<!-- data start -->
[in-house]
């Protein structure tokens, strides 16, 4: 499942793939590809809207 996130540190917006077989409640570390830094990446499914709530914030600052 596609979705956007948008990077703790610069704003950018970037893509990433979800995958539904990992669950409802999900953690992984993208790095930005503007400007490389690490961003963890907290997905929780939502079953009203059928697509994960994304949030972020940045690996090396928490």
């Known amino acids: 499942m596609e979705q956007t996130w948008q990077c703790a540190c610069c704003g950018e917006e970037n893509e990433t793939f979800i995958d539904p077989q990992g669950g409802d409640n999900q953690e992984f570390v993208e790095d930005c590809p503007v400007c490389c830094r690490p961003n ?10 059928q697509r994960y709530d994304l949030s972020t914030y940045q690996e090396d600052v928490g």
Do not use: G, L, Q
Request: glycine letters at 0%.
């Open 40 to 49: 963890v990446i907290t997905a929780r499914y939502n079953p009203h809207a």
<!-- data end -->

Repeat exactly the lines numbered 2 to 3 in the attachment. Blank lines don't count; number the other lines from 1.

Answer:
């Protein structure tokens, strides 16, 4: 499942793939590809809207 996130540190917006077989409640570390830094990446499914709530914030600052 596609979705956007948008990077703790610069704003950018970037893509990433979800995958539904990992669950409802999900953690992984993208790095930005503007400007490389690490961003963890907290997905929780939502079953009203059928697509994960994304949030972020940045690996090396928490």
């Known amino acids: 499942m596609e979705q956007t996130w948008q990077c703790a540190c610069c704003g950018e917006e970037n893509e990433t793939f979800i995958d539904p077989q990992g669950g409802d409640n999900q953690e992984f570390v993208e790095d930005c590809p503007v400007c490389c830094r690490p961003n ?10 059928q697509r994960y709530d994304l949030s972020t914030y940045q690996e090396d600052v928490g």